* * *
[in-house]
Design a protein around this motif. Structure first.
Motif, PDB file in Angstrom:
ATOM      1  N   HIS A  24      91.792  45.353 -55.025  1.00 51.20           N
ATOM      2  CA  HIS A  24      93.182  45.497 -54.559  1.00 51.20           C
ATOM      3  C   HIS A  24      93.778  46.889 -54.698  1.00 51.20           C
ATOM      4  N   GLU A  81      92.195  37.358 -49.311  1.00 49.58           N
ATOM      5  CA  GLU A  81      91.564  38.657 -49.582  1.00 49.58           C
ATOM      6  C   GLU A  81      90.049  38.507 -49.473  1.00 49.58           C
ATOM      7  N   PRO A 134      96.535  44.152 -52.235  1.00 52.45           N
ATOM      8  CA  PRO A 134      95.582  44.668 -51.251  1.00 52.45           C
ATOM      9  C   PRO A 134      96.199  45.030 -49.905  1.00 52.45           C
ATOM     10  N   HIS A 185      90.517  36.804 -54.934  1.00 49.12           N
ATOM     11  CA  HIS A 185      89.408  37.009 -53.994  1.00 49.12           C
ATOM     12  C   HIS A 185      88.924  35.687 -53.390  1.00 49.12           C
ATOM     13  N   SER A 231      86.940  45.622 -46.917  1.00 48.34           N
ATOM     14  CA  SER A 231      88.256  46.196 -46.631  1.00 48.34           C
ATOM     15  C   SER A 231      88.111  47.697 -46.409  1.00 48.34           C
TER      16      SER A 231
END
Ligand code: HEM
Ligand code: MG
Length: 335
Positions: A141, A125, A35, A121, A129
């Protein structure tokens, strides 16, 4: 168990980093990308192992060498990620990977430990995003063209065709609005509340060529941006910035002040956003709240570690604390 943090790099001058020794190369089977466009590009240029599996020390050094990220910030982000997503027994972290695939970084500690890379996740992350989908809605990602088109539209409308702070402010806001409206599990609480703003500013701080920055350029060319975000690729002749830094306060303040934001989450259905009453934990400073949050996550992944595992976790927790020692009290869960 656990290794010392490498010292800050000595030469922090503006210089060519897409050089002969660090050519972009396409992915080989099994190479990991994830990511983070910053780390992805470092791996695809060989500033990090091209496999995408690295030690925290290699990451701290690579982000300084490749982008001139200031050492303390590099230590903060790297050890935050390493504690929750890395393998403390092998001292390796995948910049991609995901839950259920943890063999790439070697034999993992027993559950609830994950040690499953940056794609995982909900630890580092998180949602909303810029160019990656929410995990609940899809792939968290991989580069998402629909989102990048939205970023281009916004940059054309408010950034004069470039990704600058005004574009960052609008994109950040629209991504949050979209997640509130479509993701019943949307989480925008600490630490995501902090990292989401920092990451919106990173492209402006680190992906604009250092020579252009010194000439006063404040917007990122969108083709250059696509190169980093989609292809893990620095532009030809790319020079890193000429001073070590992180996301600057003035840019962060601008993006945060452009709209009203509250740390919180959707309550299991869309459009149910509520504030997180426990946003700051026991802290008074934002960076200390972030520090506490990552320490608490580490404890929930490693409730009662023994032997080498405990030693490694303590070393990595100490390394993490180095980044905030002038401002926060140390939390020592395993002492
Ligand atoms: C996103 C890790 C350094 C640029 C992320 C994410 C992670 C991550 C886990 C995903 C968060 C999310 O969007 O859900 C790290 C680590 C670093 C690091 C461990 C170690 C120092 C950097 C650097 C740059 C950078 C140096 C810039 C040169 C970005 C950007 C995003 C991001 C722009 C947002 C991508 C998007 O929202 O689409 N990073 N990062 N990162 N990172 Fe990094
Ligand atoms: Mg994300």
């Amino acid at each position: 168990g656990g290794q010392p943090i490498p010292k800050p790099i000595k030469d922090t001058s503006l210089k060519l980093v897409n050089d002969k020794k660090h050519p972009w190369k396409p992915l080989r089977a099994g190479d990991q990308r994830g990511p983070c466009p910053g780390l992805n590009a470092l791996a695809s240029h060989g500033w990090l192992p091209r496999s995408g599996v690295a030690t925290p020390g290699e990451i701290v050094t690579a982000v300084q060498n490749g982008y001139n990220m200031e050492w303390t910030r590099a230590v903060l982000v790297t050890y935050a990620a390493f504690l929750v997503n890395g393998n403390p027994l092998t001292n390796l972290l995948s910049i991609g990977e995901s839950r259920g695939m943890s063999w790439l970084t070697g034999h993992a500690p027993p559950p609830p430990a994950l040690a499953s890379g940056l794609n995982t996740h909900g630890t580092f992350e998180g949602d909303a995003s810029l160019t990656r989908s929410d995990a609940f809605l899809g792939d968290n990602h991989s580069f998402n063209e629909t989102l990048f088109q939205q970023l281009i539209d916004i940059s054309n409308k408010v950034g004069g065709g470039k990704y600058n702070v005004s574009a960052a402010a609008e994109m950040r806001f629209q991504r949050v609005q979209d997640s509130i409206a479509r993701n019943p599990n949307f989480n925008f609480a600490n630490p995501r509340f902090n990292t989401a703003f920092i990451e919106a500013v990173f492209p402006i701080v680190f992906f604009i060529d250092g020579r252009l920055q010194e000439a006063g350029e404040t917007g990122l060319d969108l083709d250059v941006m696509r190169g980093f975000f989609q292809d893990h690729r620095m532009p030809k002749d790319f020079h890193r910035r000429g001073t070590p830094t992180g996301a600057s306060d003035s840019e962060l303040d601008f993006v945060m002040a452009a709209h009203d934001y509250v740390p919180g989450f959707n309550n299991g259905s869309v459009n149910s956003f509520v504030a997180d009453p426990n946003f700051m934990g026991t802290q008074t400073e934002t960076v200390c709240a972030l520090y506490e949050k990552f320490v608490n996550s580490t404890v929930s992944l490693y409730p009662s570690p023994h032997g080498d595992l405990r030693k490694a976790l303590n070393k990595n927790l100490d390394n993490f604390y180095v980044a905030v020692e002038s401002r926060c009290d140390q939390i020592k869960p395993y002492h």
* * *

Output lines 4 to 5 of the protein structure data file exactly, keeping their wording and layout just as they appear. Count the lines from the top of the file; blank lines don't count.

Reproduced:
ATOM      1  N   HIS A  24      91.792  45.353 -55.025  1.00 51.20           N
ATOM      2  CA  HIS A  24      93.182  45.497 -54.559  1.00 51.20           C